33. 33. Gray baby syndrome • Fatal chloramphenicol toxicity may develop in neonates, especially premature babies, when they are exposed to excessive doses of the drug. • The manifestations in the first 24 hours are vomiting, refusal to suck, irregular and rapid respiration, abdominal distention, periods of cyanosis, and passage of loose, green stools. Soon they become flaccid, turn an ashen-gray color, and become hypothermic
  34. 34. Hypersensitivity Reactions • Although relatively uncommon, macular or vesicular skin rashes occur as a result of hypersensitivity to chloramphenicol. • Angioedema is a rare complication. Jarisch- Herxheimer reactions have been observed shortly after institution of chloramphenicol therapy for syphilis, brucellosis, and typhoid fever.
  35. 35. Therapeutic Uses • Chloramphenicol has a wide range activity that includes gram+, gram-, aerobic and anaerobic bacteria • Typhoid Fever • Bacterial Meningitis • Anaerobic Infections • Rickettsial Diseases • Brucellosis
  36. 36. Tetracycline
  37. 37. CONTENTS • Introduction • Classification and there structures • Mechanism of action • Structure Activity Relationship • Spectrum of activity • Toxicity and uses
  38. 38. INTRODUCTION • Tetracyclines is a group of antibotic that include tetracycline. • Tetracyclines are obtained by fermentation from Streptomyces spp. Or by chemical transformation of natural products. • They are derivatives of an octahydro- naphthacene,a hydrocarbon system that comprises four annulated six member rings.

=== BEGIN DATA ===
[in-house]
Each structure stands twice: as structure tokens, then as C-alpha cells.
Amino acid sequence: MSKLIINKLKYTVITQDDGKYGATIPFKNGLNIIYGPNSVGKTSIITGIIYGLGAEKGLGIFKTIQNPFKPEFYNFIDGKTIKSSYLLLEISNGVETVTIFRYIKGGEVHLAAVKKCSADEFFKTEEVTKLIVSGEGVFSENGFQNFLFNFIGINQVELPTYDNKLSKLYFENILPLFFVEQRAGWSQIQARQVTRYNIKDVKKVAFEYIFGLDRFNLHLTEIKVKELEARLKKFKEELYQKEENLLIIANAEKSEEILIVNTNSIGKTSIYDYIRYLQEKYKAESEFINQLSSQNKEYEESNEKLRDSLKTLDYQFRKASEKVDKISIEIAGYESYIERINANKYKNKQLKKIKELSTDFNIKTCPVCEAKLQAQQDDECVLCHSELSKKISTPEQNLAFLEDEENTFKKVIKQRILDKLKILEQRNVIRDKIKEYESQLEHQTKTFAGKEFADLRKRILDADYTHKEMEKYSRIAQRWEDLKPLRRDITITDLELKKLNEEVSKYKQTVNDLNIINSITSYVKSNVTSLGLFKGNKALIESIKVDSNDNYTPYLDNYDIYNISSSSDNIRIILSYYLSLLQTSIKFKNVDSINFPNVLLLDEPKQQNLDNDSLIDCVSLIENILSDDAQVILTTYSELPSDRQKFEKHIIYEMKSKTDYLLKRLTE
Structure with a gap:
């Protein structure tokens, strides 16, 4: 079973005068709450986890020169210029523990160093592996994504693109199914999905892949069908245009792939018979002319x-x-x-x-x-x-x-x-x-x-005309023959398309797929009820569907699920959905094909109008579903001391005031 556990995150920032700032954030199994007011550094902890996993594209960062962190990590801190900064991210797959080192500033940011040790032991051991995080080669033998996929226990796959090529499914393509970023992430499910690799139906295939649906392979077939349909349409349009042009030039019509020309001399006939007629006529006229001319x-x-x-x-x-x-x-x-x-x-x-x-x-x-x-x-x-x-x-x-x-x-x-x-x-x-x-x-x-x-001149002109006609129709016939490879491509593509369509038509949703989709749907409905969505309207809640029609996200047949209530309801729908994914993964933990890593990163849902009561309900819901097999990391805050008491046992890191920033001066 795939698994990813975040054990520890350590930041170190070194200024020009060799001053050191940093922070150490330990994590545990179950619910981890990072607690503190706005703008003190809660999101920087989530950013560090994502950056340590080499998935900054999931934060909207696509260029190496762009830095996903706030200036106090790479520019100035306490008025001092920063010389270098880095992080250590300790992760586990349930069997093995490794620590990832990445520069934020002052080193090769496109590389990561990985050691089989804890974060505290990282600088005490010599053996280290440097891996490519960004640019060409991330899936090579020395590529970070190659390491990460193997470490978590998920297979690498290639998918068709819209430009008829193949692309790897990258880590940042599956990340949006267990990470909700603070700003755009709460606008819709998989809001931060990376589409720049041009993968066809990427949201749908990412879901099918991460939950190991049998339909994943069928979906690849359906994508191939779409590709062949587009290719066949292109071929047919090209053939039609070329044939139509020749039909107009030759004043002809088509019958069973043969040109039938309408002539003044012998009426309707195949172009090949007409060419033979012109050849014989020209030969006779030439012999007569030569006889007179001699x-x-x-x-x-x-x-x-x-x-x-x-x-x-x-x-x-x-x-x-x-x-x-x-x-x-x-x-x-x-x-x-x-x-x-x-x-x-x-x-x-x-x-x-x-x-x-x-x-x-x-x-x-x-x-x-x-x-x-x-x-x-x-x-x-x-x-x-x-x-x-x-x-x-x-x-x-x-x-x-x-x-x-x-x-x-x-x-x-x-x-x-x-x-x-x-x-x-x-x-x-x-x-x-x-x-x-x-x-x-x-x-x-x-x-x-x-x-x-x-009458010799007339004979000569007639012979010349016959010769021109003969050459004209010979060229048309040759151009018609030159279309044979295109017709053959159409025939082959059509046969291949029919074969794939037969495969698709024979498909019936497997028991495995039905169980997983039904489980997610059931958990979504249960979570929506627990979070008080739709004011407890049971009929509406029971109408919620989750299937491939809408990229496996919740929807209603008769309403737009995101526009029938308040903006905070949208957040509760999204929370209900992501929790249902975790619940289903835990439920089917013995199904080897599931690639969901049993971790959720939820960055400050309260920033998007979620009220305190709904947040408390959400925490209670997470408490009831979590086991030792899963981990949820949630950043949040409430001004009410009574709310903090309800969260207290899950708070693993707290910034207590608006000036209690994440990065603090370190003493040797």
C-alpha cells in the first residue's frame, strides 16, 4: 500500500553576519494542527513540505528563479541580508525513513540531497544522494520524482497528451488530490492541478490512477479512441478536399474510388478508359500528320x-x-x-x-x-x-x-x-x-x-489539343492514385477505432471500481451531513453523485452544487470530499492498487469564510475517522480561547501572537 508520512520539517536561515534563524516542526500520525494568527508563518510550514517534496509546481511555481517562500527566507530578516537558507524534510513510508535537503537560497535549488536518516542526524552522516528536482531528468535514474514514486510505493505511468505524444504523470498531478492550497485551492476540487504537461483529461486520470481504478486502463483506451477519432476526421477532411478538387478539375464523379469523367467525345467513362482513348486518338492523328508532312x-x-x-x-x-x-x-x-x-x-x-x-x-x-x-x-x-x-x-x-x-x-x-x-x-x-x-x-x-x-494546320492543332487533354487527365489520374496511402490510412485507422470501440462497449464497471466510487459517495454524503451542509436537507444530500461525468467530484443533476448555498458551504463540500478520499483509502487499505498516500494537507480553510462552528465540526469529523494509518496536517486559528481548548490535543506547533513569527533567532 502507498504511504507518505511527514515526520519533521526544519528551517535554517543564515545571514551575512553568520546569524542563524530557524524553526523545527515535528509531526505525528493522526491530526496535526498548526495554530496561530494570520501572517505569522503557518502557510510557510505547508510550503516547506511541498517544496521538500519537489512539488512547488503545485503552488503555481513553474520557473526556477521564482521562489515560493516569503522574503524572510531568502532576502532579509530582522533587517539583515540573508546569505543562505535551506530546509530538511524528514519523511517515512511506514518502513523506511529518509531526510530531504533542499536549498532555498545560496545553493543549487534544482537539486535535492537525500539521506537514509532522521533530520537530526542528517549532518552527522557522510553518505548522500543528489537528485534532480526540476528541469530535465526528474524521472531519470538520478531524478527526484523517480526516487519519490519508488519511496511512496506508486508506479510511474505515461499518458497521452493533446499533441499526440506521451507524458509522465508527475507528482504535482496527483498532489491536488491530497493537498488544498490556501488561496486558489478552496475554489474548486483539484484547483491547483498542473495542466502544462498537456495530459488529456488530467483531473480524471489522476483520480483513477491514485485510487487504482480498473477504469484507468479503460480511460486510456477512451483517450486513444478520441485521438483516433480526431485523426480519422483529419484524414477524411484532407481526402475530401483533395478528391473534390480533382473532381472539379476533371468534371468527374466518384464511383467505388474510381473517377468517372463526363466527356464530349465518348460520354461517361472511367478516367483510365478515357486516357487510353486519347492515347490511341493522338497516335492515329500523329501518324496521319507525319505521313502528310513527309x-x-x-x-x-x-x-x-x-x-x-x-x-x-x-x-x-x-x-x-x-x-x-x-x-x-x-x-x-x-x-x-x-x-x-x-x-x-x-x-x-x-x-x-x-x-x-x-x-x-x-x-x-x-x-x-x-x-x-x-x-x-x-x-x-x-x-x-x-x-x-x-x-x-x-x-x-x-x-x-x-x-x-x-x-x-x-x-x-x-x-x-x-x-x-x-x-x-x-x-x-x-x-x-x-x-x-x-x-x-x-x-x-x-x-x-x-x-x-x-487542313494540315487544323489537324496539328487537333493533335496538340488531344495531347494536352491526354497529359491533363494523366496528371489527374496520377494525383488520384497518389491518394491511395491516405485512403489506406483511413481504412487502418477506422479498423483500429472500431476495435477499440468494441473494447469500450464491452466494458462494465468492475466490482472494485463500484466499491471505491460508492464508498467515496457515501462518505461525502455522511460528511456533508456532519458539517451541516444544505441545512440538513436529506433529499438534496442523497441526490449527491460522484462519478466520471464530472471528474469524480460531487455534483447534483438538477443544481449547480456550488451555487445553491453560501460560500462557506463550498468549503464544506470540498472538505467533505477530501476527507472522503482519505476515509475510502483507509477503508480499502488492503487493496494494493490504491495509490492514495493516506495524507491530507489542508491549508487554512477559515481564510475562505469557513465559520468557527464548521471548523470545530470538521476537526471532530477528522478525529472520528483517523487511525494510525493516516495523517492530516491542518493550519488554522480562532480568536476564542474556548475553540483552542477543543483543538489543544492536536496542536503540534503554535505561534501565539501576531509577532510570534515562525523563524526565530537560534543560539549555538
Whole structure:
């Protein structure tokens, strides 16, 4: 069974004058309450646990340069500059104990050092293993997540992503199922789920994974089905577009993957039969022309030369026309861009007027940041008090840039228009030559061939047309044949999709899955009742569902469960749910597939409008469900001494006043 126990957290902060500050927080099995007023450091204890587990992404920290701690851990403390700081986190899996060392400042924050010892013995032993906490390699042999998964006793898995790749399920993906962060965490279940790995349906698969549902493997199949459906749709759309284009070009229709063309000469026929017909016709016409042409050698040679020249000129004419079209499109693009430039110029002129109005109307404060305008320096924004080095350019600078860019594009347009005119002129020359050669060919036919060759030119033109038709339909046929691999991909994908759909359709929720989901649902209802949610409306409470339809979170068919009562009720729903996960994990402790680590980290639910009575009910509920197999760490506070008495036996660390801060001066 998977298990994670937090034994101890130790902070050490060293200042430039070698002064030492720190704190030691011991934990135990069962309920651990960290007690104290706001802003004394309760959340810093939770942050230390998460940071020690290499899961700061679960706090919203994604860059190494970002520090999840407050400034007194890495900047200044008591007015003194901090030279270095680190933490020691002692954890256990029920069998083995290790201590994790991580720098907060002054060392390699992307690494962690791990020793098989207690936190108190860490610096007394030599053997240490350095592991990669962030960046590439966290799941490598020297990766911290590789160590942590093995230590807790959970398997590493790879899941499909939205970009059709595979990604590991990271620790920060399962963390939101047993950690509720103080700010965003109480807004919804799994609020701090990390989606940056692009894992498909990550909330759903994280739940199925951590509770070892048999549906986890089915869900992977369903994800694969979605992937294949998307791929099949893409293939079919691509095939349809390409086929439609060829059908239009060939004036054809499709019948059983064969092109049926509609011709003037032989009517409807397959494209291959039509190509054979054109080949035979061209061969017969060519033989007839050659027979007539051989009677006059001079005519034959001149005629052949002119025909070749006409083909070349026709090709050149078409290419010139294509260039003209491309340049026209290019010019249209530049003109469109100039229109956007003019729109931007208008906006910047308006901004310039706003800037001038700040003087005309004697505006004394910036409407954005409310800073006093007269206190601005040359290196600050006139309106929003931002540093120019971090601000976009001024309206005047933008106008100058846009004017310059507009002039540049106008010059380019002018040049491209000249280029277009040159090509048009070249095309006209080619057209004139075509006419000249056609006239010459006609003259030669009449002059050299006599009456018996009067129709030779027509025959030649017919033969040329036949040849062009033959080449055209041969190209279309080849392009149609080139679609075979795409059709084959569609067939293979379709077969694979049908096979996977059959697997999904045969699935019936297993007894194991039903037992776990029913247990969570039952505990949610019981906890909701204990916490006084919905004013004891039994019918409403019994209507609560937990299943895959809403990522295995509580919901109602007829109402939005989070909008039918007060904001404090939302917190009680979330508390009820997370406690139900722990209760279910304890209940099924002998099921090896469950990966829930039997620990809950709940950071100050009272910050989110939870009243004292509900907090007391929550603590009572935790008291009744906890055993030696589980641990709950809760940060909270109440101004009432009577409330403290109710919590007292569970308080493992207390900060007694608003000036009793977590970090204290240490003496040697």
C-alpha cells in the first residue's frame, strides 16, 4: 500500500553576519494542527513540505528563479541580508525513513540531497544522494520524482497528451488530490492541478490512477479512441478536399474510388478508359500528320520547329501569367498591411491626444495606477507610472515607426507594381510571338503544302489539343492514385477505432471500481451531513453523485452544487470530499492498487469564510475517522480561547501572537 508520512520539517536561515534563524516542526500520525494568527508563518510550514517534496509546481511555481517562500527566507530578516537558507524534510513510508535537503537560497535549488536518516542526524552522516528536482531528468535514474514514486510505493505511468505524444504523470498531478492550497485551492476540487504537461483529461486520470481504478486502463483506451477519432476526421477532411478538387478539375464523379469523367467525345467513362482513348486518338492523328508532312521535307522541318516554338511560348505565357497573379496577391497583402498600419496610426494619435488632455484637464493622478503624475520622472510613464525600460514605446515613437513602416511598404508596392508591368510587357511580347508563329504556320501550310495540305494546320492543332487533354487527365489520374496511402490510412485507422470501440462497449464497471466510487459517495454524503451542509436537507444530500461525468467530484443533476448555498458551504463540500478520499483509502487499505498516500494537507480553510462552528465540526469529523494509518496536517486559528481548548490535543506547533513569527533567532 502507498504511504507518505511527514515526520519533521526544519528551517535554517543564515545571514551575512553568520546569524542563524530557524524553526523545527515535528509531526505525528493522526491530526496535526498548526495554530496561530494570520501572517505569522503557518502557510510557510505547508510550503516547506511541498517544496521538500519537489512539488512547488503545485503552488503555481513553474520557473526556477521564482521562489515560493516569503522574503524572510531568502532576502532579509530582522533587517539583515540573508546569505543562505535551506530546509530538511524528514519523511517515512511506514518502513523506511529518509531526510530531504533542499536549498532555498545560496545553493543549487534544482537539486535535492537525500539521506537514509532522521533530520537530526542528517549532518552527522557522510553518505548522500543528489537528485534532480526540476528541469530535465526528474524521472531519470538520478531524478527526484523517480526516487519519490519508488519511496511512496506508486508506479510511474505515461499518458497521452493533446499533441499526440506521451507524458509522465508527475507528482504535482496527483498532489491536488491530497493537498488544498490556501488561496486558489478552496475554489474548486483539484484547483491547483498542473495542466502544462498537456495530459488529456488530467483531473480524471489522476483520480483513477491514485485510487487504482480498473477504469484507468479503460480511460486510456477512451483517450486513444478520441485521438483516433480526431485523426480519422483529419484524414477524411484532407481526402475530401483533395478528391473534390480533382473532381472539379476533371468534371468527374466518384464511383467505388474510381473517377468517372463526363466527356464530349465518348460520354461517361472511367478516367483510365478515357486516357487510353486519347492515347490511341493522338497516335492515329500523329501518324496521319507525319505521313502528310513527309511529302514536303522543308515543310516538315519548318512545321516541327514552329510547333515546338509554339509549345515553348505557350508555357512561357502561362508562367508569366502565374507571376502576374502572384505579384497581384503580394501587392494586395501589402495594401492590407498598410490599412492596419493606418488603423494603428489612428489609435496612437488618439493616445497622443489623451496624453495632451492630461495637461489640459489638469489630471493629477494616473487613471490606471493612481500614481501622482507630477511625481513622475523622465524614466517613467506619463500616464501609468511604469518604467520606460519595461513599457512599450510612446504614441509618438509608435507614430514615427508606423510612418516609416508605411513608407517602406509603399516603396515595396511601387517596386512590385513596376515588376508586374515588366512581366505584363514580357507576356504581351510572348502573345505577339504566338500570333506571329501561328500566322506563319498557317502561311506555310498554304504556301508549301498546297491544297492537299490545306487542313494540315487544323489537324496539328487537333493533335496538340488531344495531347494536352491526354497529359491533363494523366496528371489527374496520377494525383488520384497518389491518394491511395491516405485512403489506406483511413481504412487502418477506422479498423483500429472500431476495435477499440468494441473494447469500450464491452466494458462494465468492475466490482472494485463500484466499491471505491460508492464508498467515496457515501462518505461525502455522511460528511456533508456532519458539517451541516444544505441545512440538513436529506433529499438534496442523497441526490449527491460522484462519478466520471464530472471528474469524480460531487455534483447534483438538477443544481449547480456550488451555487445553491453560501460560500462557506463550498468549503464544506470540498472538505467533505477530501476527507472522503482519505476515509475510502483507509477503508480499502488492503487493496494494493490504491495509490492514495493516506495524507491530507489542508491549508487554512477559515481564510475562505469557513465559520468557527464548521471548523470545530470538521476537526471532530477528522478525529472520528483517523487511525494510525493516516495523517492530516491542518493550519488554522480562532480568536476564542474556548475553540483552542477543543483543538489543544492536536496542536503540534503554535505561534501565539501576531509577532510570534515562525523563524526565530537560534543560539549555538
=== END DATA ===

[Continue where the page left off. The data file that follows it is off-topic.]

39. 39. CLASSIFICATION TETRACYCLINES SHORT ACTING: •Tetracycline •Oxytetracycline INTERMEDIATE ACTING: •Demeclocycline •Lymecycline LONG ACTING: •Doxycycline •Minocycline
  40. 40. Mechanism of Action • Tetracyclines are specific inhibitors of bacterial protein synthesis. They bind to the 30S ribosomal subunit and thereby prevent the binding of aminoacyl tRNA to the mRNA ribosome complex. • Tetracyclines also inhibit protein synthesis in the host ,but are less likely to reach the concentration required because eukaryotic cells do not have a tetracycline uptake mechanism.
  41. 41. Spectrum of activity • Tetracyclines are broad spectrum antibiotics, active against wide range of Gram-positive and Gram-negative bacteria, spirochetes, mycoplasm, rickettsiae, and chalmydiae.